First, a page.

Iran’s State TV said the operation’s name was “Martyr Soleimani,” saying the IRGC’s aerospace division that controls Iran’s missile program launched the attack.
“We are warning all American allies, who gave their bases to its terrorist army, that any territory that is the starting point of aggressive acts against Iran will be targeted,” the IRGC said. It also threatened Israel.
Martyr Soleimani is a reference to the American drone strike Jan. 3 that killed Maj. Gen. Qassem Soleimani, commander of Iran’s elite Quds Force, at the international airport in Baghdad.
Adding to the chaos and overall jitters, at least 170 people aboard a Ukrainian airplane were killed when it crashed outside Tehran early Wednesday, state TV reported. The plane had taken off from Imam Khomeini International Airport and mechanical issues were suspected to be the cause, the report said.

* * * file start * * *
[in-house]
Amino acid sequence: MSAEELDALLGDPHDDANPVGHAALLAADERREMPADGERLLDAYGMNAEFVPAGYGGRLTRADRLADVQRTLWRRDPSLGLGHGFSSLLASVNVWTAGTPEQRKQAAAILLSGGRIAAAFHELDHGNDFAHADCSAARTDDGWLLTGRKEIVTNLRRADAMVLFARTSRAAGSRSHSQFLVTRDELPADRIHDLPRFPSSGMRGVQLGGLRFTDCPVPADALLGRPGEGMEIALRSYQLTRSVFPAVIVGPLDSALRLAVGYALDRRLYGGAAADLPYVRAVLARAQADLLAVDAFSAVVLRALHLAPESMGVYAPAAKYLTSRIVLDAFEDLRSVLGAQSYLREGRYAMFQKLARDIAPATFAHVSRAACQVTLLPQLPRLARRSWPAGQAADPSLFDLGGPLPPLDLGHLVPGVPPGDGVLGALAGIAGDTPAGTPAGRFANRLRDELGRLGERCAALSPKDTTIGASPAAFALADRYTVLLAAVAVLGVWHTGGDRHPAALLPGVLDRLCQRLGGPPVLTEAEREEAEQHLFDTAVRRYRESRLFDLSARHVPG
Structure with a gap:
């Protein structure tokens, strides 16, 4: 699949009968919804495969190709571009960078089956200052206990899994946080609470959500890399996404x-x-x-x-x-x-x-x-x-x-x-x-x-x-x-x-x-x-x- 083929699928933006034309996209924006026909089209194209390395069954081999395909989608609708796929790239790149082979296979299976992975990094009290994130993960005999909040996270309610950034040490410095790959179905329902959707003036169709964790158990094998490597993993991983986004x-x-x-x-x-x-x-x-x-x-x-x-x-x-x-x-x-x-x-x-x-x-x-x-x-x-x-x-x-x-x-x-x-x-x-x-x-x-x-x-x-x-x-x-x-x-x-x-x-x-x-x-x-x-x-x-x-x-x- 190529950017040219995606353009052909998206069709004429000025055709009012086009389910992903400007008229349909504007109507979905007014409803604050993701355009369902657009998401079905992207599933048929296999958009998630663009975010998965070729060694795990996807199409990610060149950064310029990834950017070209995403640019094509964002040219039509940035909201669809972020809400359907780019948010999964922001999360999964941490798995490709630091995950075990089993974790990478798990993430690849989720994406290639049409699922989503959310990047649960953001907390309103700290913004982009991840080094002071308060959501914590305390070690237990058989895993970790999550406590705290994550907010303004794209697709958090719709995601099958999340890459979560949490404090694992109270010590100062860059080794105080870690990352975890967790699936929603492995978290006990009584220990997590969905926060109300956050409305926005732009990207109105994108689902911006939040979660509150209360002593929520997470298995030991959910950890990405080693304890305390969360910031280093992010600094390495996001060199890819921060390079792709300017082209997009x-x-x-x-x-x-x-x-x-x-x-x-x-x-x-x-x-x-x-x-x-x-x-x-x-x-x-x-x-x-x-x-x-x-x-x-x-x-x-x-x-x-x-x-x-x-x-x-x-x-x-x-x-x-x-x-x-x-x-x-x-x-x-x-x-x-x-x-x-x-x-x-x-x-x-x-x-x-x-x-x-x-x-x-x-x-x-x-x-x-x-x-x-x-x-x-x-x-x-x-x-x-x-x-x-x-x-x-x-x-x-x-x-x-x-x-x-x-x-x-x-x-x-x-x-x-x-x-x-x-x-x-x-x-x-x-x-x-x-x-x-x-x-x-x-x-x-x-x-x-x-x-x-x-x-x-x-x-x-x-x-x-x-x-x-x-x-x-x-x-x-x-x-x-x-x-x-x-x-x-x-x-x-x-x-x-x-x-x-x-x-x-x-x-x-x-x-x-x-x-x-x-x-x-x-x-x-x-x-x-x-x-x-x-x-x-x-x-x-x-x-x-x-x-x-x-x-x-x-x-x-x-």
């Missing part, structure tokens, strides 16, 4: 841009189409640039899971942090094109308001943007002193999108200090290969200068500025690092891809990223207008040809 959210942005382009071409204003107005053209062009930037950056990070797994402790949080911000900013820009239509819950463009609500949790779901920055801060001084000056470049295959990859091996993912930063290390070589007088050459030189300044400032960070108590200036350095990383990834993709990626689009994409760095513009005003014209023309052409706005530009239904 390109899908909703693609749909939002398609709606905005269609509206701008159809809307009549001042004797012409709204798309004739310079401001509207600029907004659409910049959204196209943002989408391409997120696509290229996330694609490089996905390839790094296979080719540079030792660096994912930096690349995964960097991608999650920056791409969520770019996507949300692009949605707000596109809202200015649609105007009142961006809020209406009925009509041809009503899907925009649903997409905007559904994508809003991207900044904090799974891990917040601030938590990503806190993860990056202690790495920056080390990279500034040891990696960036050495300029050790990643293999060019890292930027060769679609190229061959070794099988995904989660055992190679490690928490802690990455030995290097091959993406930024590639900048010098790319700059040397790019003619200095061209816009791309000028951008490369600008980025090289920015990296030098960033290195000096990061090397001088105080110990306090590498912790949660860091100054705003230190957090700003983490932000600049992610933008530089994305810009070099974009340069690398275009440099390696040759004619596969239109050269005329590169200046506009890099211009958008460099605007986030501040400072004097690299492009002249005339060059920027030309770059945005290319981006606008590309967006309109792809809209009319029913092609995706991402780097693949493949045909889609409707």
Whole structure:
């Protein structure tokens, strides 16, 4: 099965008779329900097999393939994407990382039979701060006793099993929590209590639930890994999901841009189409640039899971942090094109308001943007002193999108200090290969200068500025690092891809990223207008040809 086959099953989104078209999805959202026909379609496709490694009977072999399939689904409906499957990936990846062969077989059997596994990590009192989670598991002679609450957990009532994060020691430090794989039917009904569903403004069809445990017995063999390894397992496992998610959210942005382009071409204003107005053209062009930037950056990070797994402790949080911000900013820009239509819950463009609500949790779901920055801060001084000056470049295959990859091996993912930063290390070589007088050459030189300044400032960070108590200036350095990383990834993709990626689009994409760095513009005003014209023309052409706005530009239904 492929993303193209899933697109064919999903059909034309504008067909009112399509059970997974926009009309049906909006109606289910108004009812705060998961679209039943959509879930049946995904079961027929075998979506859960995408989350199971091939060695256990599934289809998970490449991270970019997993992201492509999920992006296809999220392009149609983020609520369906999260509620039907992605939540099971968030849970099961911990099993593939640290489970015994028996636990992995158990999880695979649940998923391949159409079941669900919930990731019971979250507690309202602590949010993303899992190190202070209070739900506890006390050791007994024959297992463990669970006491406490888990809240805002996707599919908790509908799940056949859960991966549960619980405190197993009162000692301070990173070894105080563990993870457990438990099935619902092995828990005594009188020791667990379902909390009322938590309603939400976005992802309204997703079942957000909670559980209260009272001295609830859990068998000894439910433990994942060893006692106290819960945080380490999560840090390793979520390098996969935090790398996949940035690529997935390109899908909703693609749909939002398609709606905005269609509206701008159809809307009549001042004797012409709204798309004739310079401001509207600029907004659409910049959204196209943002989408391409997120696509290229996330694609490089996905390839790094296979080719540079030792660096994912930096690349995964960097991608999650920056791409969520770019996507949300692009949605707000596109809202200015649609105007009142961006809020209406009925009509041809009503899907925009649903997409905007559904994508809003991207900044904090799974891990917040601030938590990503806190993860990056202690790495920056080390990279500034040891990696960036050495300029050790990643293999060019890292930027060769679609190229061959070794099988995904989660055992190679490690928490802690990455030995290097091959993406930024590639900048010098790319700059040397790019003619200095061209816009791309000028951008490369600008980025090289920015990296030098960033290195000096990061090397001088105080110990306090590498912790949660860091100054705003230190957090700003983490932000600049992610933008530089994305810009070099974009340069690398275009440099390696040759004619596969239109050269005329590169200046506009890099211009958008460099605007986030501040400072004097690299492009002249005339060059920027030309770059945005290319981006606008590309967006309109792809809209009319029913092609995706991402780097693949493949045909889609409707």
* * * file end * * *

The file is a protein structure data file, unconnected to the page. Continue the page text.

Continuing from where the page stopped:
Before news of the crash surfaced, the Federal Aviation Administration barred U.S. pilots and carriers from flying over areas of Iraqi, Iranian and some Persian Gulf airspace. The region is a major East-West travel hub and home to Emirates airline and Dubai International Airport, the world’s busiest for international travel.
U.S. officials in recent days have said killing Soleimani — whose force trained and coordinated proxy forces across the Middle East including in Iraq, Syria, Lebanon and Yemen — was necessary to at least temporarily thwart an impending attack that the Iranian general was planning against Americans. Defense Secretary Mark Esper said Tuesday such an attack could have come within days, but he and other top officials have declined to provide evidence publicly of Soleimani’s plans.
Trump ordered Soleimani’s death amid rising tensions in recent weeks that have included a deadly rocket attack by an Iran-backed militia that killed a U.S. civilian contractor at an Iraqi base in Kirkuk and wounded four American troops. Iraqi militiamen supported by Iran also attempted to storm the U.S. Embassy in Baghdad last week.